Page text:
But we should notice the ways in which the Lord points out that the soul is weighed down: for He did not mention adultery, or fornication, or murder, or blasphemy, or rapine, which everybody knows to be deadly and damnable, but surfeiting and drunkenness, and the cares or anxieties of this world: which men of this world are so far from avoiding or considering damnable that actually some who (I am ashamed to say) call themselves monks entangle themselves in these very occupations as if they were harmless or useful. And though these three things, when literally given way to weigh down the soul, and separate it from God, and bear it down to things earthly, yet it is very easy to avoid them, especially for us who are separated by so great a distance from all converse with this world, and who do not on any occasion have anything to do with those visible cares and drunkenness and surfeiting. But there is another surfeiting which is no less dangerous, and a spiritual drunkenness which it is harder to avoid, and a care and anxiety of this world, which often ensnares us even after the perfect renunciation of all our goods, and abstinence from wine and all feastings and even when we are living in solitude--and of such the prophet says: "Awake, ye that are drunk but not with wine;" and another: "Be astonished and wonder and stagger: be drunk and not with wine: be moved, but not with drunkenness." And of this drunkenness the wine must consequently be what the prophet calls "the fury of dragons": and from what root the wine comes you may hear: "From the vineyard of Sodom," he says, "is their vine, and their branches from Gomorrha." Would you also know about the fruit of that vine and the seed of that branch? "Their grape is a grape of gall, theirs is a cluster of bitterness" for unless we are altogether cleansed from all faults and abstaining from the surfeit of all passions, our heart will without drunkenness from wine and excess of any feasting be weighed down by a drunkenness and surfeiting that is still more dangerous. For that worldly cares can sometimes fall on us who mix with no actions of this world, is clearly shown according to the rule of the Elders, who have laid down that anything which goes beyond the necessities of daily food, and the unavoidable needs of the flesh, belongs to worldly cares and anxieties, as for example if, when a job bringing in a penny would satisfy the needs of our body, we try to extend it by a longer toil and work in order to get twopence or threepence; and when a covering of two tunics would be enough for our use both by night and day, we manage to become the owners of three or four, or when a hut containing one or two cells would be sufficient, in the pride of worldly ambition and greatness we build four or five cells, and these splendidly decorated, and larger than our needs required, thus showing the passion of worldly lusts whenever we can.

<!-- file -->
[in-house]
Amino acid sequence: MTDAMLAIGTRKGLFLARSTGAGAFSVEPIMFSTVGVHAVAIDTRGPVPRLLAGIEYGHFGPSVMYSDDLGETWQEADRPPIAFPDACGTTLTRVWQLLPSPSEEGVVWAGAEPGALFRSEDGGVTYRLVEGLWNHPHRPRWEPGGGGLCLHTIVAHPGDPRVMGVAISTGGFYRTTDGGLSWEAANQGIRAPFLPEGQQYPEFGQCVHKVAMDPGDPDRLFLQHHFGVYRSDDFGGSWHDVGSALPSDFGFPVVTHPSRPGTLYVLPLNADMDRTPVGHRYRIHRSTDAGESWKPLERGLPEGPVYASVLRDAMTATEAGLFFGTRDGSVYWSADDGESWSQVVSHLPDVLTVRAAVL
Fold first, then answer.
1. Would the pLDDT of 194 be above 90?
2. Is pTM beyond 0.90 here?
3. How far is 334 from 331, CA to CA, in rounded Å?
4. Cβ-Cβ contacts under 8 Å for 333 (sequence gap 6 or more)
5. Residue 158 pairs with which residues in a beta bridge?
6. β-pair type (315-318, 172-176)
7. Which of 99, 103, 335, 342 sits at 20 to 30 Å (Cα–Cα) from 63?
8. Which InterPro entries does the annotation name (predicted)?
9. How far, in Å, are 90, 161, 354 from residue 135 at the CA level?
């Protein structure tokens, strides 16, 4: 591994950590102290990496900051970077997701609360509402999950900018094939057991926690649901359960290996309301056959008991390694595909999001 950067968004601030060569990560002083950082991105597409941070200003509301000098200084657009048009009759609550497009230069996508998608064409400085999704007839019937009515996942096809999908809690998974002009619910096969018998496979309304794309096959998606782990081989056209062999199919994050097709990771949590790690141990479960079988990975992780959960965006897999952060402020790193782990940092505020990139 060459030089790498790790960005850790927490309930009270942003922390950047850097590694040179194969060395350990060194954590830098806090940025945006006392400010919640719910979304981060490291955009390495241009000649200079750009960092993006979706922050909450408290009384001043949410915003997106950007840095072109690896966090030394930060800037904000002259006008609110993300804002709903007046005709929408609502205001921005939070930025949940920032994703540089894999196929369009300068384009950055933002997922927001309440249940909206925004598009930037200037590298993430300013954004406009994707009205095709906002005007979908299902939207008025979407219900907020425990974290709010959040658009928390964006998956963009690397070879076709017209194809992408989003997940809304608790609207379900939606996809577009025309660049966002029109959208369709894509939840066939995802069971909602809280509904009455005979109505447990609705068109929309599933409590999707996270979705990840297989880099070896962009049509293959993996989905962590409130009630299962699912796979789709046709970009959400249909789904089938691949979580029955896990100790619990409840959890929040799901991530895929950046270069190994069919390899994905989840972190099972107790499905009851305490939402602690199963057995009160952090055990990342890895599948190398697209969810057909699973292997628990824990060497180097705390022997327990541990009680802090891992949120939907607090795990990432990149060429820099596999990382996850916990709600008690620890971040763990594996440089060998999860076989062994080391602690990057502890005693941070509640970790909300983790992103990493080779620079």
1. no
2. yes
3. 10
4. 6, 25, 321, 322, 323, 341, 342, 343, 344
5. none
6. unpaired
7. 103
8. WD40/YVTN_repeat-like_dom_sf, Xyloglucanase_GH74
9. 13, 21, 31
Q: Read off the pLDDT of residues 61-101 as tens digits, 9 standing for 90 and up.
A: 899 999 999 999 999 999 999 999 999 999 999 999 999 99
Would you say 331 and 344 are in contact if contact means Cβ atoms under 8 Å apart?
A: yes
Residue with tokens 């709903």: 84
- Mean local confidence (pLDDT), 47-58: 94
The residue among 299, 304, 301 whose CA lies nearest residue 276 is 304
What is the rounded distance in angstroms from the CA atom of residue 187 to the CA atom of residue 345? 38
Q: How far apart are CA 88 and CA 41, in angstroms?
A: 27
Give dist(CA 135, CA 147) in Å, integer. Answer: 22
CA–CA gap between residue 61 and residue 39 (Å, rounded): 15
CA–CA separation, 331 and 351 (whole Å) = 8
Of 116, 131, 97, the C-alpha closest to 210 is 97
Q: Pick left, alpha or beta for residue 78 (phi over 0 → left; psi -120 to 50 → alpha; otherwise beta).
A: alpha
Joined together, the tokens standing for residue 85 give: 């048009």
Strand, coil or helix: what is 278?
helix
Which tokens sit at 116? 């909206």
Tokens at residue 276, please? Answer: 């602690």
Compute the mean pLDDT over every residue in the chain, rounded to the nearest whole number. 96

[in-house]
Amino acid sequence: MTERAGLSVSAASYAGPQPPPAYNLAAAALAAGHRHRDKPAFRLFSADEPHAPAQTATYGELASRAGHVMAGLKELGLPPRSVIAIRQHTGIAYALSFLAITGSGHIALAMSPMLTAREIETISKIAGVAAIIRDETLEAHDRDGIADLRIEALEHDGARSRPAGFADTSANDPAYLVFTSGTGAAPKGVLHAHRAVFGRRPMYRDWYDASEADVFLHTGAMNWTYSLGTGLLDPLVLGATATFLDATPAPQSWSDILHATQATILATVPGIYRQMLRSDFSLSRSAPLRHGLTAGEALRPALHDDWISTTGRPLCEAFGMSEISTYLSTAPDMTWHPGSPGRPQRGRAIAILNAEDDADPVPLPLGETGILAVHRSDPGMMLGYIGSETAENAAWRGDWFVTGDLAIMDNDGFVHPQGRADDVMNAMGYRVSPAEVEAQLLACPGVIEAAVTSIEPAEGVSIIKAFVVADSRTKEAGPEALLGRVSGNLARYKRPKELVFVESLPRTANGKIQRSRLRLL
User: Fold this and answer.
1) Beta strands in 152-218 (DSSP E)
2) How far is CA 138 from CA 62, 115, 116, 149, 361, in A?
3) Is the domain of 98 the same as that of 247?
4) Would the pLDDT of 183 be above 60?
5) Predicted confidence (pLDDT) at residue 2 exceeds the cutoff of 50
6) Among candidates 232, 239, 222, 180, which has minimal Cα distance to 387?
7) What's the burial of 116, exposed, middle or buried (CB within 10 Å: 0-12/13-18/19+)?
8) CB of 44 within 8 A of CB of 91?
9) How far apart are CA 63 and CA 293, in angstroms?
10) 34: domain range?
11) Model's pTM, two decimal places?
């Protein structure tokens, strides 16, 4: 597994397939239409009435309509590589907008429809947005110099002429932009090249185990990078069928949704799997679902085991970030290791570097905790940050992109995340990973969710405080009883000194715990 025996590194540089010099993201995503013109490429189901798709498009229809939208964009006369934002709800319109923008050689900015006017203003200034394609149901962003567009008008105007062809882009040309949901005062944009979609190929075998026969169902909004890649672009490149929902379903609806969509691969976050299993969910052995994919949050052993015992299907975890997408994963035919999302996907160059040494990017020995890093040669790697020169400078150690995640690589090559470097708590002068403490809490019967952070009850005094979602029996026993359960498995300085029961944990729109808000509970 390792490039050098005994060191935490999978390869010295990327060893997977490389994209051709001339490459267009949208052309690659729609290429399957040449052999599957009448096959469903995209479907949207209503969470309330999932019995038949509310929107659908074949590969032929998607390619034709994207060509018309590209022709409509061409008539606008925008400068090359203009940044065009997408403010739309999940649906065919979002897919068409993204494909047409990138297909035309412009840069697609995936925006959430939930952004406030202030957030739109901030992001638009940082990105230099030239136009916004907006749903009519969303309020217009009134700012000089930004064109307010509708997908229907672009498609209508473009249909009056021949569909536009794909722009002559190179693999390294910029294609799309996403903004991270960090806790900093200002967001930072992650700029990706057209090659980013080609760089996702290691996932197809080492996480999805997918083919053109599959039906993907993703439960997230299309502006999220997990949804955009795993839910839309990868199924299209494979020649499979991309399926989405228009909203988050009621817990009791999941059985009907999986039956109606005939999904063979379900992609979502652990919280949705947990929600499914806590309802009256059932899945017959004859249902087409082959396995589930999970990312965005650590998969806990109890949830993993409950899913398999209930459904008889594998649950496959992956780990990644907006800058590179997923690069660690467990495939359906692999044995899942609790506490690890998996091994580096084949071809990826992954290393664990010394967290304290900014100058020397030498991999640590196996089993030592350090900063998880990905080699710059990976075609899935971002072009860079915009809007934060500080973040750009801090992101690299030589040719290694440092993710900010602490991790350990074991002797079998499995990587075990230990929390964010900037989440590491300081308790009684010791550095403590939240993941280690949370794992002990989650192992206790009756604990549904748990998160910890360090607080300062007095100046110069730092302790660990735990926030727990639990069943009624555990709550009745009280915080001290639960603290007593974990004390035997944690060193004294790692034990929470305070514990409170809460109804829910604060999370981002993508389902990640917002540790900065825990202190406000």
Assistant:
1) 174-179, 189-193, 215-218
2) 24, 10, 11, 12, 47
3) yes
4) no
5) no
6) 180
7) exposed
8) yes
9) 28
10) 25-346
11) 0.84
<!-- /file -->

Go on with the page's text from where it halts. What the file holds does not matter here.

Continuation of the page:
St. John Cassians's Confrences,
THE FIRST CONFERENCE OF ABBOT ISAAC ON PRAYER